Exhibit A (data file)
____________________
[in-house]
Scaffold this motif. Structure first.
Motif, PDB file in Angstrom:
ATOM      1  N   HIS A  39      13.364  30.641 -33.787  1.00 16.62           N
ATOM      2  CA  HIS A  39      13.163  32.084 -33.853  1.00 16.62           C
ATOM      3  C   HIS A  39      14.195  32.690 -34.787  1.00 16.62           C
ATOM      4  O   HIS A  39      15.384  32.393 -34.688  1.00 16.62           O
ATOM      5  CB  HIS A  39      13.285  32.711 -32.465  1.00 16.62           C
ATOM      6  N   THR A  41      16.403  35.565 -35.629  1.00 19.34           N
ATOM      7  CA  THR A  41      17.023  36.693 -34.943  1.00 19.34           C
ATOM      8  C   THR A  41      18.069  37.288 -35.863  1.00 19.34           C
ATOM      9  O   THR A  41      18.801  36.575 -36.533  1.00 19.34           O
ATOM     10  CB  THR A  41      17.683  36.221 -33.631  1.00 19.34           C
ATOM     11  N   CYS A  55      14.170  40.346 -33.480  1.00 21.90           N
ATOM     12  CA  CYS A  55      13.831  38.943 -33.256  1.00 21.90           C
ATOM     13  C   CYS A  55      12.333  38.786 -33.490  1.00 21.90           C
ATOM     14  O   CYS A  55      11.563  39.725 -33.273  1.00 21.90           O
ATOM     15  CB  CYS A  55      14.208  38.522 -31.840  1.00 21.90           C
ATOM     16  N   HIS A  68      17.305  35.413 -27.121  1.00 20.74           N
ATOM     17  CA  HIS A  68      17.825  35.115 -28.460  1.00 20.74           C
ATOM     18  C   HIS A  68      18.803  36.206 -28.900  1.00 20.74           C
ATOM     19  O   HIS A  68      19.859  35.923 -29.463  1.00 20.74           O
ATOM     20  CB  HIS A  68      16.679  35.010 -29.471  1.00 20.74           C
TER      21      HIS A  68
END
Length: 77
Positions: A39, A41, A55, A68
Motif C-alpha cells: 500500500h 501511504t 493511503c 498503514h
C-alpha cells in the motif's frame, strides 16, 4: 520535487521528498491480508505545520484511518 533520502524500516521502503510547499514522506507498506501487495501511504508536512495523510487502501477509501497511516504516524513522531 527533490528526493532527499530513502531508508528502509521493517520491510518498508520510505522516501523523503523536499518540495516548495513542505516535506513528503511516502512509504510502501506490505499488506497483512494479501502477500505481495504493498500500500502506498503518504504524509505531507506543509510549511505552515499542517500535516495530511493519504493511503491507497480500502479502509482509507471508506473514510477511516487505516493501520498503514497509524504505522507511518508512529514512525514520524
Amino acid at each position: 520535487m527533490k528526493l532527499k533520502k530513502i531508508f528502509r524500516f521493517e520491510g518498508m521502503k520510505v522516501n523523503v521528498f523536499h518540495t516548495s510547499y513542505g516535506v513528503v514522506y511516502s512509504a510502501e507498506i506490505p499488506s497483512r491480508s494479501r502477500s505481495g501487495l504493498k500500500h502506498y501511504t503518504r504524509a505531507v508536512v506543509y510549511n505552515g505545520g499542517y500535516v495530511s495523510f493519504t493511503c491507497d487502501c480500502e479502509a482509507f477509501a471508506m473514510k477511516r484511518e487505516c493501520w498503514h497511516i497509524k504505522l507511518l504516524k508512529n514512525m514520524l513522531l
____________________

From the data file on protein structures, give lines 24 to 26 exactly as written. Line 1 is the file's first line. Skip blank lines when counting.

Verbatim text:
TER      21      HIS A  68
END
Length: 77